Still, pay to do a background check on your rehabber. I use a company called BeenVerified, but there are a bunch of others out there. Those background checks won’t pull up everything, but they’re a place to start.

As I found out, none of my research into the rehabber’s past guaranteed that he’d continue to operate profitably. I suspect that he ran into a series of bad rehabs. I lost $15,000, but there were people who lost $50,000, $75,000, and more on some of his other rehabs around the same time. There are limits to checking out how a person has done in the past. What you’re concerned about is how he’s going to do with your money going forward. Still, don’t skip this step; red flags in the past shouldn’t be overlooked.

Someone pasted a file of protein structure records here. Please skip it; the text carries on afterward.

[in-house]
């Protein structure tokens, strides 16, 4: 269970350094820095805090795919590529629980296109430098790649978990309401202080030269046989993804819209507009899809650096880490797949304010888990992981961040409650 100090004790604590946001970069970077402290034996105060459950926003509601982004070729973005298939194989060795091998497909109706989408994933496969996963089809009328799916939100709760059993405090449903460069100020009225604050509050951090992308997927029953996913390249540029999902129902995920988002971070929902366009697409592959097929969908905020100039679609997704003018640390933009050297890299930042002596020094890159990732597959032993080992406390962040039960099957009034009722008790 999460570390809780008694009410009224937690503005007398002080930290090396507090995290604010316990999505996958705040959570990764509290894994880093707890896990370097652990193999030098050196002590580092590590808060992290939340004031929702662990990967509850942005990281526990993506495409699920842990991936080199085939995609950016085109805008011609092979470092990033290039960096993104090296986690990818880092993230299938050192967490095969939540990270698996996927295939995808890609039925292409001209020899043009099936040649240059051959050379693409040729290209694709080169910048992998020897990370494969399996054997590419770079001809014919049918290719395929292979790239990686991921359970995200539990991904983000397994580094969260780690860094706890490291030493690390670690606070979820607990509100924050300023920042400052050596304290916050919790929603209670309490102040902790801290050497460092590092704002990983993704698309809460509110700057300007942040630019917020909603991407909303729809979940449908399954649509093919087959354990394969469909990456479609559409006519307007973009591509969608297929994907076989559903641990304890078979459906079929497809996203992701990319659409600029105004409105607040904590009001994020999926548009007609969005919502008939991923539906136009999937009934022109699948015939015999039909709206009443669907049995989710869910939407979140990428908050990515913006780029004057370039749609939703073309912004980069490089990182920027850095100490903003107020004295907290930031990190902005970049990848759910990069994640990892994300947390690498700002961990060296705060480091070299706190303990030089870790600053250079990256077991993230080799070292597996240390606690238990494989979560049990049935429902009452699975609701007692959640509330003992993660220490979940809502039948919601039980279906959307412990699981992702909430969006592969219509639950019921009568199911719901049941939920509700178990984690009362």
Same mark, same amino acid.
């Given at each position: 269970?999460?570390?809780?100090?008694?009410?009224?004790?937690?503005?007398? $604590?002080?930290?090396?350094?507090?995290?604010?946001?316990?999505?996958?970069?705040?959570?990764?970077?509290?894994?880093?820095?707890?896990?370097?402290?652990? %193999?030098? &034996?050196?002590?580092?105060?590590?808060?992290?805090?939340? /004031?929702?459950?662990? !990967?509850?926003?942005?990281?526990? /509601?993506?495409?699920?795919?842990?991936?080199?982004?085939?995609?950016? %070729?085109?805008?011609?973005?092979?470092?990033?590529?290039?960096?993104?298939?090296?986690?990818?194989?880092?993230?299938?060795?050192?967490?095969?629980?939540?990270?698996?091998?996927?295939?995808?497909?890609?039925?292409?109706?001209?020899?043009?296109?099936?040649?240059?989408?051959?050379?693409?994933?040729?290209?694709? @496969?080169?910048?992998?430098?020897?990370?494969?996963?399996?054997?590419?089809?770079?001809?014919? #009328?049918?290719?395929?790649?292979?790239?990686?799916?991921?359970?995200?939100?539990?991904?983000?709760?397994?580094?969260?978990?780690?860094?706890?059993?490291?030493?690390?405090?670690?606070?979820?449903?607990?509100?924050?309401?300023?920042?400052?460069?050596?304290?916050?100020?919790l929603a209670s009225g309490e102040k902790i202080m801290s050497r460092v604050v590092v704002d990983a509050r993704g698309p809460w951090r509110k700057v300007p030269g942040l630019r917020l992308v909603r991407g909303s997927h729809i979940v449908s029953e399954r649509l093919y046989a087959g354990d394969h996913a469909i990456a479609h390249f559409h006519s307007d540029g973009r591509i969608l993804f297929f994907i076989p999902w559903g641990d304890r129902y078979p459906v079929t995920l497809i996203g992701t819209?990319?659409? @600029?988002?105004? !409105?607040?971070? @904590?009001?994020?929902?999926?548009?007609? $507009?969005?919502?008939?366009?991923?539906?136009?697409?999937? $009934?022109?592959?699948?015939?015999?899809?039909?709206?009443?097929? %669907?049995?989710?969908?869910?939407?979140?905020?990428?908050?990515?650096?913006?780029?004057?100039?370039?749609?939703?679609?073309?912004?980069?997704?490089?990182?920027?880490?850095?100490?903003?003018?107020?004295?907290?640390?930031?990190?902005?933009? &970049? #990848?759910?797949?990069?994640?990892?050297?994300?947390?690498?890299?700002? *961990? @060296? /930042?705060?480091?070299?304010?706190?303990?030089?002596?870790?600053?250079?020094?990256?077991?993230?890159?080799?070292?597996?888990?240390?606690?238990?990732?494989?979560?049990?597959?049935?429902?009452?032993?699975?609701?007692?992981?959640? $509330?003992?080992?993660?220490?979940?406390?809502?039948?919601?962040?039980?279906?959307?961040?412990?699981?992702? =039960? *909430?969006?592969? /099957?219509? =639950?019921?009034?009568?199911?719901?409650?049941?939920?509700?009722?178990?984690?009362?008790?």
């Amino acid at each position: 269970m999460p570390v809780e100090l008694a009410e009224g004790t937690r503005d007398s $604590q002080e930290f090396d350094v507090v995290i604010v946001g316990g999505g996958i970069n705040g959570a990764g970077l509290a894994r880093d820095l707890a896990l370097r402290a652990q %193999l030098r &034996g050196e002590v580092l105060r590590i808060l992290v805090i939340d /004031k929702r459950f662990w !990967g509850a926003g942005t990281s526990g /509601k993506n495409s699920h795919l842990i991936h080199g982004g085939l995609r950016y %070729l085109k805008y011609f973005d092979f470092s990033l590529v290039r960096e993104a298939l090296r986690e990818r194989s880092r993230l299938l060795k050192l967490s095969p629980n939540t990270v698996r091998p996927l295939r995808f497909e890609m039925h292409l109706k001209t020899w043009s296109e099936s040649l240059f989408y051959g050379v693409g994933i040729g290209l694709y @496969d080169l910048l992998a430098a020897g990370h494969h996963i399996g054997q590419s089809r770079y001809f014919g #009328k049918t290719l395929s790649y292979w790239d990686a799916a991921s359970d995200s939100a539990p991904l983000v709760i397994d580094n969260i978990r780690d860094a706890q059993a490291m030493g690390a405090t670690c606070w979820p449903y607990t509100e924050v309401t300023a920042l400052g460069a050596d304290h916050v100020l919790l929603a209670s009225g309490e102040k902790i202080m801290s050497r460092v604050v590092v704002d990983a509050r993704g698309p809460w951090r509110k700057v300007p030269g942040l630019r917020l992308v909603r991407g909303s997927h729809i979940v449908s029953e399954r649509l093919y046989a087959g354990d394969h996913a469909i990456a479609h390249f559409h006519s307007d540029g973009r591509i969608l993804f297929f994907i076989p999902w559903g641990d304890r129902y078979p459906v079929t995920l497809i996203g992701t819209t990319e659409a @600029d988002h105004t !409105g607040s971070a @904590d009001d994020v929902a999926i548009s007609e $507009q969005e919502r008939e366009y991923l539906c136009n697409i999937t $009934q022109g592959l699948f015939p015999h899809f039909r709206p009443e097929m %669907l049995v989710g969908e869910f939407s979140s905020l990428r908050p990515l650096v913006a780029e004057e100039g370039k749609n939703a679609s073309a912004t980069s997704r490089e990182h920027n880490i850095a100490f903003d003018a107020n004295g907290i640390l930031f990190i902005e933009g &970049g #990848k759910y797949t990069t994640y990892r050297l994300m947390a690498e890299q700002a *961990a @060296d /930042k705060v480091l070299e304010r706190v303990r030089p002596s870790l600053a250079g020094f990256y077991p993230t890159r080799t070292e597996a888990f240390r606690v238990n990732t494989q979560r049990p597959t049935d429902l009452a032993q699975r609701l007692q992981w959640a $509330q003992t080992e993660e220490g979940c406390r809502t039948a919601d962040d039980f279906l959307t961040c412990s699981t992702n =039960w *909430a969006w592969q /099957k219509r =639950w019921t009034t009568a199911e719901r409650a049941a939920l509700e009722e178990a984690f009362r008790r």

Put a Lien on the Property

Third, you absolutely must put a lien against the property. Yes, it is an option. In fact, it’s more than an option. From your perspective, it is an absolute requirement.

Depending on how many people he’s borrowing from (the “other investor” or a hard money lender), you might be in second, third, or even fourth position. Second is OK if the numbers are solid. Third is somewhat risky. And fourth position (meaning the other three get paid off before you do) is extremely risky. Try for first or second position.

Note: That’s one of the mistakes I made. The guy I was dealing with said he’d record the lien, but never did. It’s not much consolation, but that’s how he handled his other investors, too. So, stupid as I was, I wasn’t the only one.